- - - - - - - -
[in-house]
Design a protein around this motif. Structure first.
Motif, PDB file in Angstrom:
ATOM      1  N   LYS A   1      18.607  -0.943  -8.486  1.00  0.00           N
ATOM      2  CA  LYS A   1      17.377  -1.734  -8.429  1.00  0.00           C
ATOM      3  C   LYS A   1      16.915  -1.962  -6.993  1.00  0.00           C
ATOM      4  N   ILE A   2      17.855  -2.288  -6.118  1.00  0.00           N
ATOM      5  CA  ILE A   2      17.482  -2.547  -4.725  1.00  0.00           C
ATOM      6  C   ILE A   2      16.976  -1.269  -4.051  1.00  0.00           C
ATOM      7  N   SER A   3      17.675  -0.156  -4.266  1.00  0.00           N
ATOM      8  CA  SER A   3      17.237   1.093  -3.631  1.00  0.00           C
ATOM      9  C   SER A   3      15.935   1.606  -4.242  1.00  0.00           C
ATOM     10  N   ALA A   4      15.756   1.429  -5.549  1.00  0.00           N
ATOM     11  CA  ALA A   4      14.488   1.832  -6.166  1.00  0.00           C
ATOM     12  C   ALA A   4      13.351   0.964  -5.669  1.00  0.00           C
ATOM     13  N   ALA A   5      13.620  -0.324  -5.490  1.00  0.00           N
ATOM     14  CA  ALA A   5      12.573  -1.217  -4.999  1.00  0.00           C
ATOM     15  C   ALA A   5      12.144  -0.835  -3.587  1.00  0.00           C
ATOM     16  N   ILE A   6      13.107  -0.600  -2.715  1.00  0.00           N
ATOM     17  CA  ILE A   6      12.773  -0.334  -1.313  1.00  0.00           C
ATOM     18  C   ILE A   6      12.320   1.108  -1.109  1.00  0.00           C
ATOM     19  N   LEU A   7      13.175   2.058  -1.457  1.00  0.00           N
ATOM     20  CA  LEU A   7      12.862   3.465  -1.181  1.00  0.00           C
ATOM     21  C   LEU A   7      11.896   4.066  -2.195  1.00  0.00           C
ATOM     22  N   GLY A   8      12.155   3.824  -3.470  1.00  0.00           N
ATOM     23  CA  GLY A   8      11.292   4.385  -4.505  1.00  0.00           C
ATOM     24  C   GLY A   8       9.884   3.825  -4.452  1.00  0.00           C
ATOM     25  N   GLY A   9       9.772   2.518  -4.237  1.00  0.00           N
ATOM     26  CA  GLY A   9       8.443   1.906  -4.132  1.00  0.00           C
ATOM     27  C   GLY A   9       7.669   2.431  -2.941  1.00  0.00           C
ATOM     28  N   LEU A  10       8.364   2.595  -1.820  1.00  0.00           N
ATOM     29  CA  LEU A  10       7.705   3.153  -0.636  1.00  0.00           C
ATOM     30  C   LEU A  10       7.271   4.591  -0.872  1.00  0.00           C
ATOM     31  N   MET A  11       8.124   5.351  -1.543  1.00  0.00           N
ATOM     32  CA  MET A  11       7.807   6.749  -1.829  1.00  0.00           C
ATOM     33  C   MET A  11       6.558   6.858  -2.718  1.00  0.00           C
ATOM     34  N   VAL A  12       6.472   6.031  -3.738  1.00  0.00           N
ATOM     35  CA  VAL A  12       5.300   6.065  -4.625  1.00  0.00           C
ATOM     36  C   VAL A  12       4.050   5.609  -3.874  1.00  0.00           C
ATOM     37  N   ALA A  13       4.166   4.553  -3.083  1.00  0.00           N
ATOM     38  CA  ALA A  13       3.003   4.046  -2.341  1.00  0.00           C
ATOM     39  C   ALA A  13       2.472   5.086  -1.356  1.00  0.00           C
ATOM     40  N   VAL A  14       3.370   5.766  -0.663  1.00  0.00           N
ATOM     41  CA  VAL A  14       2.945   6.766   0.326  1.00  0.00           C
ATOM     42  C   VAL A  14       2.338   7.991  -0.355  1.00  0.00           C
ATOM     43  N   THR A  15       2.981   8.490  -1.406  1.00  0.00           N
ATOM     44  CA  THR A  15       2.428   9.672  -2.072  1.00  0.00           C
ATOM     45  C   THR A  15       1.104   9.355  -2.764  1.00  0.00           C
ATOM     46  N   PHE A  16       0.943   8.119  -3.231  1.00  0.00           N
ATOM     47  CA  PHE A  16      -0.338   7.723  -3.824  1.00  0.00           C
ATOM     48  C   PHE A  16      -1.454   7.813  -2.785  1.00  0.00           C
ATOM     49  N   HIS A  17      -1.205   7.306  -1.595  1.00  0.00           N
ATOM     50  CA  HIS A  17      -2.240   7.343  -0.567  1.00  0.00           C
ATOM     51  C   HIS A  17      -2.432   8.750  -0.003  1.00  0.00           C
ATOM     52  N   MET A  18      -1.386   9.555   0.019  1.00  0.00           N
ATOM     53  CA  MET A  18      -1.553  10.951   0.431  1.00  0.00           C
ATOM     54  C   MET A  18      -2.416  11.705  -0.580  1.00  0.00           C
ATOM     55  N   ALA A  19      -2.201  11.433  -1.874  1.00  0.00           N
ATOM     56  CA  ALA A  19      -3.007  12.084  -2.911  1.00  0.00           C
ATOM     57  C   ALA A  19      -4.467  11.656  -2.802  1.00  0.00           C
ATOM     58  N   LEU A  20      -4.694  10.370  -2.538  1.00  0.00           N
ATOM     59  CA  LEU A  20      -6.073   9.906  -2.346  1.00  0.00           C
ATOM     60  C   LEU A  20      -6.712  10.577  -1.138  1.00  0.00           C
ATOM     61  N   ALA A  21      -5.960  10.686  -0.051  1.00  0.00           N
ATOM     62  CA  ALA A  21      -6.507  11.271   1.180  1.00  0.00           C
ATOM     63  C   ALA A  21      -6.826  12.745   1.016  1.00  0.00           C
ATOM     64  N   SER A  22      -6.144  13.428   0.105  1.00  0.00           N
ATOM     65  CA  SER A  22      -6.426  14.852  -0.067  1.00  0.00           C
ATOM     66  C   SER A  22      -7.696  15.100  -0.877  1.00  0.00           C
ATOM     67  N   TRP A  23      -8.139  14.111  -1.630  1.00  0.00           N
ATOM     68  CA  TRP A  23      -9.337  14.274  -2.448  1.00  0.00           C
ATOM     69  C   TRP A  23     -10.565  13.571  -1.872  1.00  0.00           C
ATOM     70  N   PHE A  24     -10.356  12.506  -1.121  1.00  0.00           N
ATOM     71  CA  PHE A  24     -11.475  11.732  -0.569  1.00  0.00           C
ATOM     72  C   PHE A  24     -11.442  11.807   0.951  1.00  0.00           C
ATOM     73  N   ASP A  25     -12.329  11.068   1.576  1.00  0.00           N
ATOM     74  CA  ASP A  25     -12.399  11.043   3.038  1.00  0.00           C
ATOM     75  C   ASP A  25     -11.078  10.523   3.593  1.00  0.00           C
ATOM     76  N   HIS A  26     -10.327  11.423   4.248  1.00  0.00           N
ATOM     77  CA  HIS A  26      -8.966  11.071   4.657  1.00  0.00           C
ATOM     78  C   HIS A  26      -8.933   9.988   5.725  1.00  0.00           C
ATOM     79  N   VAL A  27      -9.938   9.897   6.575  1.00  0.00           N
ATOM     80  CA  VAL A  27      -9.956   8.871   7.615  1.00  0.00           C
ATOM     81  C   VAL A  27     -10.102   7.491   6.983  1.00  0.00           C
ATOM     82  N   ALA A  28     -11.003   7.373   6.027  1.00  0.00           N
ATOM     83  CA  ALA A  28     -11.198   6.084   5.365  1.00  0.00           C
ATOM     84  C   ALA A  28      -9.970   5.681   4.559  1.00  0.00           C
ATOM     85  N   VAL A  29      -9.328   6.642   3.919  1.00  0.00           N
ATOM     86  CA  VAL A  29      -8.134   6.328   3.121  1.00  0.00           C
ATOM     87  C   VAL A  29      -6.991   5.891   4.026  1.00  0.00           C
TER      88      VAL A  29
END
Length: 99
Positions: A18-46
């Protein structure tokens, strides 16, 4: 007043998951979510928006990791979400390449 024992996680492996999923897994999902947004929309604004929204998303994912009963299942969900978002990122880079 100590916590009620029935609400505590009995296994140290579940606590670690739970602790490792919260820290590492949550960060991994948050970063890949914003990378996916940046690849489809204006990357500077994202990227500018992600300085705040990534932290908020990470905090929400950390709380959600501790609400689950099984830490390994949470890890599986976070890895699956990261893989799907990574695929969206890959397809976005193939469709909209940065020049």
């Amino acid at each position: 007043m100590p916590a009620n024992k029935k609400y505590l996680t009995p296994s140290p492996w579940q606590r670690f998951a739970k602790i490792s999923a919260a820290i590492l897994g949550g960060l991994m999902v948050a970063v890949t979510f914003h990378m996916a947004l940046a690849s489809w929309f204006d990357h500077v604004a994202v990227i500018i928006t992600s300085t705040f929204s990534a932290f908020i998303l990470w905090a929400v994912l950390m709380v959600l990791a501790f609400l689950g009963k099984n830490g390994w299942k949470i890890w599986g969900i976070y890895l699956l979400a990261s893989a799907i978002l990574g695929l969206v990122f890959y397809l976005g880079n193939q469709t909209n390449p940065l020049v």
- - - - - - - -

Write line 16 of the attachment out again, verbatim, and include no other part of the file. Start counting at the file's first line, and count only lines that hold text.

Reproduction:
ATOM     13  N   ALA A   5      13.620  -0.324  -5.490  1.00  0.00           N